Bhaktapur (Bhadgaon)

Perched on a hill at an altitude of 1,401m, Bhaktapur or Bhadgaon, literally the City of Devotees, is a major tourist attraction taking visitors back in time. Covering an area of 4 sq. miles, this city retains the charming paved roads, red brick houses and a way of life that goes back to medieval times. The extraordinary ‘Durbar Square’ with its celebrated Golden Gate and extraordinary Palace of Fifty-Five windows reflects the glory days of the Malla Dynasty when art and architecture thrived in the three cities of the valley. Situated 14km east of Kathmandu, this ancient city is also famous for pottery and woodcarving amply displayed on the squares and windows respectively.

Around Bhaktapur
Siddha Pokhari: For a small city, Bhaktapur has the largest number of public water tanks built within the city limits. Siddha Pokhu (Pokhari) is one of the largest tanks meant to supply drinking water to the people of Bhaktapur. Built in the 15th Century by King Yakshya Malla, this large rectangular tank is teeming with fish and is occasionally open to the public for fishing and boating. 

Nyatapola: The unique temple of Bhaktapur, the Nyatapola literally means ‘Five storied’ and rises above the city as a remarkable landmark. It also has the distinction of having withstood the devastating earthquake of 1933. Dedicated to a tantric goddess, the steps leading up to the temple, is flanked by stone sculptures. At the base are two statues of Malla era wrestlers representing humans and in ascending order of power and strength, there are creatures each ten times more powerful than the preceding statue.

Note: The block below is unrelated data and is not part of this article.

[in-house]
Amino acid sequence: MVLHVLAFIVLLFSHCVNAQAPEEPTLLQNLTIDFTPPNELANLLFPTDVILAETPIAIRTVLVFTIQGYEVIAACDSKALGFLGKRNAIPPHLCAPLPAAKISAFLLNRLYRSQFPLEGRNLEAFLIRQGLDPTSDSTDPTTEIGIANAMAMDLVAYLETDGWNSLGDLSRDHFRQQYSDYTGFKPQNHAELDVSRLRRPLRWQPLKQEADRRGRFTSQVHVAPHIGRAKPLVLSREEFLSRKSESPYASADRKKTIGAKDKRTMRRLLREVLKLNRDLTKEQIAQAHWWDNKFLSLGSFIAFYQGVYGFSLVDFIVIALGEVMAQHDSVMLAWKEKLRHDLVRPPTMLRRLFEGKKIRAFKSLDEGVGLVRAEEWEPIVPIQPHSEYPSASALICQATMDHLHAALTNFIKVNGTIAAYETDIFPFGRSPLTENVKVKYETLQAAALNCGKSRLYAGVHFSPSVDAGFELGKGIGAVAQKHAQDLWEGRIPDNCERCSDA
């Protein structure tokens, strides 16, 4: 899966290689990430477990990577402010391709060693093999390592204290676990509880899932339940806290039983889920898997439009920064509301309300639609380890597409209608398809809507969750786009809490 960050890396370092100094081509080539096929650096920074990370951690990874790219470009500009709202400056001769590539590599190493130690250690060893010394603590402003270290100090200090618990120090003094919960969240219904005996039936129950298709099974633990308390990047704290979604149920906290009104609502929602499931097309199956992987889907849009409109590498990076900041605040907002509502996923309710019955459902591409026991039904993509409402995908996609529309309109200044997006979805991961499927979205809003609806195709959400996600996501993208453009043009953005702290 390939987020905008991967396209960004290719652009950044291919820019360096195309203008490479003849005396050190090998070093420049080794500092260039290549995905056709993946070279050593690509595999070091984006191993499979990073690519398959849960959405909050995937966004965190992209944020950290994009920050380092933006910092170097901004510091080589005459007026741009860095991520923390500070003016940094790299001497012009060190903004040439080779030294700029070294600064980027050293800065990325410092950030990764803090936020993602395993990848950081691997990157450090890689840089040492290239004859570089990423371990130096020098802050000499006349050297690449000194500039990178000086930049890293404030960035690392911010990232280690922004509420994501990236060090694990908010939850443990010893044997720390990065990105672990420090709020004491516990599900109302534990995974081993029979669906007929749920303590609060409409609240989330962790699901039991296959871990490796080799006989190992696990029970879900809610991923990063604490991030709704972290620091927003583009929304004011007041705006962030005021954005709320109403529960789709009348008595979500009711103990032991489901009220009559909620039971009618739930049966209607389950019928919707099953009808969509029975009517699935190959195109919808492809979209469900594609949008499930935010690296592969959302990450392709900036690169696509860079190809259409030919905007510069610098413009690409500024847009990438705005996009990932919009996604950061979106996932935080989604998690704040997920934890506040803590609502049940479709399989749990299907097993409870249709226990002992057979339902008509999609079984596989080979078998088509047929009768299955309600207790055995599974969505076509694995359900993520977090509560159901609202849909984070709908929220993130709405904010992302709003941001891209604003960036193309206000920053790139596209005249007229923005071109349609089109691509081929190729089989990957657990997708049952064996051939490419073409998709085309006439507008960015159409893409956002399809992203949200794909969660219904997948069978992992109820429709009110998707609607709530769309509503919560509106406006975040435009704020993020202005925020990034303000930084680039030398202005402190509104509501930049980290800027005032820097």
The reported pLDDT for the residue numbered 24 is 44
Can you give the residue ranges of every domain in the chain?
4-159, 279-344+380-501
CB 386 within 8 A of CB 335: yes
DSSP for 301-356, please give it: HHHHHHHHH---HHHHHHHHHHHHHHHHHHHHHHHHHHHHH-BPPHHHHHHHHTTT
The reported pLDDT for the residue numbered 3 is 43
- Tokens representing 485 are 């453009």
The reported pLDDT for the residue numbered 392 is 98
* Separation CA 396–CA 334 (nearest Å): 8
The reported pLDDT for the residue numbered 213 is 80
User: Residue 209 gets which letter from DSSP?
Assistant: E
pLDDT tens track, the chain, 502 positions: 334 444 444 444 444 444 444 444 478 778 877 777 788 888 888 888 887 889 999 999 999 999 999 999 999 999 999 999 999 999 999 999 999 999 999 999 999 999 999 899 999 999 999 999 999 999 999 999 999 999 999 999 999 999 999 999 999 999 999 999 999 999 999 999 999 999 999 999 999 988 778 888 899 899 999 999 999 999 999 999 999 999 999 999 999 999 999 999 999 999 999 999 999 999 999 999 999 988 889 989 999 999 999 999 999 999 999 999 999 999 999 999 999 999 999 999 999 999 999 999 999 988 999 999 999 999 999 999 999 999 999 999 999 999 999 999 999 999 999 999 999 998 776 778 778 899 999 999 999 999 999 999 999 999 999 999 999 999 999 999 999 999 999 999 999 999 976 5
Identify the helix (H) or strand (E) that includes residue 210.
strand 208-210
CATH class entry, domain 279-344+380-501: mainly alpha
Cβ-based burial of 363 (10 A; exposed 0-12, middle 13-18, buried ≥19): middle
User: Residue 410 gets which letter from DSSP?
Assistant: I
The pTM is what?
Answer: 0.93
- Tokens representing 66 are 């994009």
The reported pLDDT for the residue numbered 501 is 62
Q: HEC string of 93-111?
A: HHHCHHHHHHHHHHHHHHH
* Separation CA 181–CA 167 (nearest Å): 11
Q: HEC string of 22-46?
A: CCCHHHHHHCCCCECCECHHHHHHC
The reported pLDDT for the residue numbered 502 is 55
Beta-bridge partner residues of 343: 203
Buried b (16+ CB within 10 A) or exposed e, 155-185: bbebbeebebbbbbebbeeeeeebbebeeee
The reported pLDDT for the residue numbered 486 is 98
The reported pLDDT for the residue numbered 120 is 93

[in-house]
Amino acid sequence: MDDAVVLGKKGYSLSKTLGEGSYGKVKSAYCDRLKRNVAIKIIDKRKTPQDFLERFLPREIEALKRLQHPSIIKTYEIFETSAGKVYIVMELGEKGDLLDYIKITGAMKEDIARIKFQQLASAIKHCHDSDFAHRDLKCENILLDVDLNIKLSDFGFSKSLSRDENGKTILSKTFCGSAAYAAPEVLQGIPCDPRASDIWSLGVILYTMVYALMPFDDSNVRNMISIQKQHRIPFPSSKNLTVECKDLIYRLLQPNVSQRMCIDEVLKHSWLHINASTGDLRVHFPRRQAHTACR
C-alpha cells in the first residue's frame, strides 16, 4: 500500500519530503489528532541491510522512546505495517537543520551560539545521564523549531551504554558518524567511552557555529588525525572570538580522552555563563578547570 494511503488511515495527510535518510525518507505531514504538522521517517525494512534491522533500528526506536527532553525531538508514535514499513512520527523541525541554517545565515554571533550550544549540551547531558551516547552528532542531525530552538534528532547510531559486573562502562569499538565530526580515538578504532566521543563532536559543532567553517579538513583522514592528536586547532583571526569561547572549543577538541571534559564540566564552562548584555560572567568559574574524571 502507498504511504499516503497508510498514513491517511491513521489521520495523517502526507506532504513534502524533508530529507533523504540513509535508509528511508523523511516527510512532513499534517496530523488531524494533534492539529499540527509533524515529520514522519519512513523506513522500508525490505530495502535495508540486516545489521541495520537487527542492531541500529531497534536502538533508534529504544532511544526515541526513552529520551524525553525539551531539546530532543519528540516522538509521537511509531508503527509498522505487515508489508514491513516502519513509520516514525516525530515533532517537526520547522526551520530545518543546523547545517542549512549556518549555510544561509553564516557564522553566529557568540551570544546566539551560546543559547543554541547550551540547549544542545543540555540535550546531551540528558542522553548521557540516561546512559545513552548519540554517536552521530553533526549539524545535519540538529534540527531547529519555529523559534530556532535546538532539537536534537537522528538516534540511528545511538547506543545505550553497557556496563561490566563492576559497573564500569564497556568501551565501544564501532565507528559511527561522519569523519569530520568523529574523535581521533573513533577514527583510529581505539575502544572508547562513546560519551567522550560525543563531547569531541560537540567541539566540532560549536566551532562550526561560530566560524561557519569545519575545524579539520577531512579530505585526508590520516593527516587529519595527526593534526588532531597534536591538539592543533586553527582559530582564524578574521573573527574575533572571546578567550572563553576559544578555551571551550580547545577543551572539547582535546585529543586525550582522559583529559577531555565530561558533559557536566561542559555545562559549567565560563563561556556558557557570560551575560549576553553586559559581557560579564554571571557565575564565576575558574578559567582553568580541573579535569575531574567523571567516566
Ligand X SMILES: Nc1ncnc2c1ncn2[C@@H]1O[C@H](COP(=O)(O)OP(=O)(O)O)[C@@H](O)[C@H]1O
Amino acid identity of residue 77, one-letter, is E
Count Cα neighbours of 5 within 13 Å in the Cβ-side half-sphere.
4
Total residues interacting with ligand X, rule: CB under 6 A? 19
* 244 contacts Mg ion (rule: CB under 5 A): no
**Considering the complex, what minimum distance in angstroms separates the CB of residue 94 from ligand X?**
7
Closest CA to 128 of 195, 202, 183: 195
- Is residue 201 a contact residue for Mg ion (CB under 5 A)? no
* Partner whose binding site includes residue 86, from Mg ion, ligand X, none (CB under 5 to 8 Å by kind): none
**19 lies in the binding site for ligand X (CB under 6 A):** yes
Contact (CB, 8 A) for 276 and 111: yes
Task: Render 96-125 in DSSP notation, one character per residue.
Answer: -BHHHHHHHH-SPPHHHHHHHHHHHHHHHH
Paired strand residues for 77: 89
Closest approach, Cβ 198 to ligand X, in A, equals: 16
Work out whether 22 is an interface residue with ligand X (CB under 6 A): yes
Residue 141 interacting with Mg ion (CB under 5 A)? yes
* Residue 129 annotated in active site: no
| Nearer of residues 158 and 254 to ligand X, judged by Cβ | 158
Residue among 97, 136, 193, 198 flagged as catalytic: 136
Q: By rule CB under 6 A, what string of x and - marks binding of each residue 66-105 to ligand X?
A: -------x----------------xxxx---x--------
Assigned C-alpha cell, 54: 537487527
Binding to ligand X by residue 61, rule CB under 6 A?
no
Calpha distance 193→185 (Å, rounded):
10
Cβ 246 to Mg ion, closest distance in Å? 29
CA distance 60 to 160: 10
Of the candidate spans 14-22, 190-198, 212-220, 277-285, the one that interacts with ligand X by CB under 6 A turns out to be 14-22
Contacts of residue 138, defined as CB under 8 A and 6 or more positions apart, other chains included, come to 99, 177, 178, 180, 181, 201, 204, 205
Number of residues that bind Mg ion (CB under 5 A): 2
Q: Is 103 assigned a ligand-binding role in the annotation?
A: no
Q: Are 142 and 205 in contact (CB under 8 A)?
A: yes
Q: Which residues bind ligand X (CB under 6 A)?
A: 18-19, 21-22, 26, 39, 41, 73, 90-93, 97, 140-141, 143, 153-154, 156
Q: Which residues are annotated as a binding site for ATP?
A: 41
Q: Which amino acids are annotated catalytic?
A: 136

Batsala Temple: One of temples built out of stone is the Batsala Devi of Bhaktapur which has many intricate carvings. Beside it is the famous bronze bell, locally known as 'the bell of barking dogs' as its ringing was invariably accompanied by the howling of dogs in the vicinity. This large bell was put up by King Ranjit Malla in A. D. 1737 and its sounding announced the beginning and end of a daily curfew. Today, it is rung every morning when the priests worship Goddess Taleju. 

Bhairavnath Temple: Dedicated to Kasi Bhairav, the three storied temple of Bhairavnath has only the head of Bhairav in the inner sanctum. Legend has it that Kasi Bhairav’s head was cut off by a tantric expert in order to keep him in Bhaktapur. Built in the pagoda style, it stands adjacent to the more famous five storied Nyatapola temple. Bhairav is the dangerous aspect of Shiva. Originally built by King Jagat Jyoti Malla, the temple was improved by King Bhupatindra Malla, a zealous lover of the arts. 

Thimi: 10 km east of Kathmandu close to Bhaktapur, is the potter’s town of Thimi. Besides farming, most households here are engaged in pottery. This laid back town not only supplies Kathmandu its pottery but also its vegetables. The most important deity here is Goddess Balkumari. The charming medieval lifestyle of these farmers is a major tourist attraction.